Ne in Kikongo designates a title, it is incorrect to call Kongo people by Ne Kongo or a Kongo person by Ne Kongo.[18]

History

Distribution of the Kongo people in Africa (approx)

The ancient history of the Kongo people has been difficult to ascertain. The region is close to East Africa, considered to be a key to the prehistoric human migrations. This geographical proximity, states Jan Vansina, suggests that the Congo River region, home of the Kongo people, was populated thousands of years ago.[19] Ancient archeological evidence linked to Kongo people has not been found, and glottochronology – or the estimation of ethnic group chronologies based on language evolution – has been applied to the Kongo. Based on this, it is likely the Kongo language and Gabon-Congo language split about 950 BCE.[19]

The earliest archeological evidence is from Tchissanga (now part of modern Republic of the Congo), a site dated to about 600 BCE. However, the site does not prove which ethnic group was resident at that time.[19] The Kongo people had settled into the area well before the fifth century CE, begun a society that utilized the diverse and rich resources of region and developed farming methods.[20] According to James Denbow, social complexity had probably been achieved by the second century CE.[21]

According to Vansina small kingdoms and Kongo principalities appeared in the current region by the 1200 CE, but documented history of this period of Kongo people if it existed has not survived into the modern era. Detailed and copious description about the Kongo people who lived next to the Atlantic ports of the region, as a sophisticated culture, language and infrastructure, appear in the 15th century, written by the Portuguese explorers.[22] Later anthropological work on the Kongo of the region come from the colonial era writers, particularly the French and Belgians (Loango, Vungu, and the Niari Valley), but this too is limited and does not exhaustively cover all of the Kongo people. The evidence suggests, states Vansina, that the Kongo people were advanced in their culture and socio-political systems with multiple kingdoms well before the arrival of first Portuguese ships in the late 15th century.[22]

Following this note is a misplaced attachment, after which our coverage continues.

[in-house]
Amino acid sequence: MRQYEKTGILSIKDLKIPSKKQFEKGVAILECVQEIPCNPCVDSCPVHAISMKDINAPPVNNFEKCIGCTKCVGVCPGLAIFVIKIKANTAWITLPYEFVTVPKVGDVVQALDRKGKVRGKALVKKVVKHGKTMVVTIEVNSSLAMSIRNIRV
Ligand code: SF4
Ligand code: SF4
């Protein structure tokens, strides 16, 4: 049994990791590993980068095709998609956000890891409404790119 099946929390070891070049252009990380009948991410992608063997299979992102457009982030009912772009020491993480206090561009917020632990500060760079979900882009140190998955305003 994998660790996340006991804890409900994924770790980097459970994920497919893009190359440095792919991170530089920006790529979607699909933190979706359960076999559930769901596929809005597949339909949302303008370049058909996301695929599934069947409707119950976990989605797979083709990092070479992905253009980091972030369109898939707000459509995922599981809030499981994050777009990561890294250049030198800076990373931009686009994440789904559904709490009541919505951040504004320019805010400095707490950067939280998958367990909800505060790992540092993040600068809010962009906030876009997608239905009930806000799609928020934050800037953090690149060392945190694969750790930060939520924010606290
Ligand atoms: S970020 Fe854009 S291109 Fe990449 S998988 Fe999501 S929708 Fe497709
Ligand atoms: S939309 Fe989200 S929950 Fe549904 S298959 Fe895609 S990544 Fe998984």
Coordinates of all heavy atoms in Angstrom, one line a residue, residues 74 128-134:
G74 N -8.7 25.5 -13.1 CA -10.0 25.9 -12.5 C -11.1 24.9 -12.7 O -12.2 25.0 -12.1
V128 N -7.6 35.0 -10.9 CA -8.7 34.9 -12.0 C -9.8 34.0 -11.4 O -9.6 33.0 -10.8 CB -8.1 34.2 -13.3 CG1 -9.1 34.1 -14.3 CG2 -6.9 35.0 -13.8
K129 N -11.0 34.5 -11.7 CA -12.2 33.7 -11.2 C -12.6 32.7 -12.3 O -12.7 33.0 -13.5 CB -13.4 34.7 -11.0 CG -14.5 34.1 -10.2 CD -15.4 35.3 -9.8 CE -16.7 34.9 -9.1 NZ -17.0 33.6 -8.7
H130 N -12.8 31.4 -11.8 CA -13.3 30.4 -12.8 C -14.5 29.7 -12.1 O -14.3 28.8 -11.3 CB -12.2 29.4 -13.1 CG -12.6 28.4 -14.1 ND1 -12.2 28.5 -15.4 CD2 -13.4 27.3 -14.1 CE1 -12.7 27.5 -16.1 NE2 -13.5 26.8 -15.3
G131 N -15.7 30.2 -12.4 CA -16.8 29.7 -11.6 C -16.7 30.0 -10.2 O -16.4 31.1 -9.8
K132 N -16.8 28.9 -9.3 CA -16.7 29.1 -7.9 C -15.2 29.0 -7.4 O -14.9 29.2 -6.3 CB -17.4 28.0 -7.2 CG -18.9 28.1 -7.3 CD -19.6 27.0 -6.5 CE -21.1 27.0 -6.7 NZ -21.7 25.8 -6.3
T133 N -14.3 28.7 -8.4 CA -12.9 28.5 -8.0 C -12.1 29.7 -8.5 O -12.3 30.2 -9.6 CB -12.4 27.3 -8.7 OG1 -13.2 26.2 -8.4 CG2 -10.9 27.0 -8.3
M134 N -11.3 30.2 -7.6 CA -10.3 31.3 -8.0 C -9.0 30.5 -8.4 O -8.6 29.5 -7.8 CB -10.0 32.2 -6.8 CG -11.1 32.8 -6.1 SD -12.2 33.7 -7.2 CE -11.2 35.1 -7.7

The Kingdom of Kongo

Main article: Kingdom of Kongo

A map of Angola showing majority ethnic groups (Bakongo area is north, dark green).

Kongo oral tradition suggests that the Kingdom of Kongo was founded before the 14th century and the 13th century.[23][24] The kingdom was modeled not on hereditary succession as was common in Europe, but based on an election by the court nobles from the Kongo people. This required the king to win his legitimacy by a process of recognizing his peers, consensus building as well as regalia and religious ritualism.[25] The kingdom had many trading centers both near rivers and inland, distributed across hundreds of kilometers and Mbanza Kongo – its capital that was about 200 kilometers inland from the Atlantic coast.[25]

The Portuguese arrived on the Central African coast north of the Congo River, several times between 1472 and 1483 searching for a sea route to India,[25] but they failed to find any ports or trading opportunities. In 1483, south of the Congo river they found the Kongo people and the Kingdom of Kongo, which had a centralized government, a currency called nzimbu, and markets, ready for trading relations.[26] The Portuguese found well developed transport infrastructure inlands from the Kongo people's Atlantic port settlement. They also found exchange of goods easy and the Kongo people open to ideas. The Kongo king at that time, named Nzinga a Nkuwu allegedly willingly accepted Christianity, and at his baptism in 1491 changed his name to João I, a Portuguese name.[25] Around the 1450s, a prophet, Ne Buela Muanda, predicted the arrival of the Portuguese and the spiritual and physical enslavement of many Bakongo.[27][28]

The trade between Kongo people and Portuguese people thereafter accelerated through 1500. The kingdom of Kongo appeared to become receptive of the new traders, allowed them to settle an uninhabited nearby island called São Tomé, and sent Bakongo nobles to visit the royal court in Portugal.[26] Other than the king himself, much of the Kongo people's nobility welcomed the cultural exchange, the Christian missionaries converted them to the Catholic faith, they assumed Portuguese court manners, and by early 16th-century Kongo became a Portugal-affiliated Christian kingdom.[7]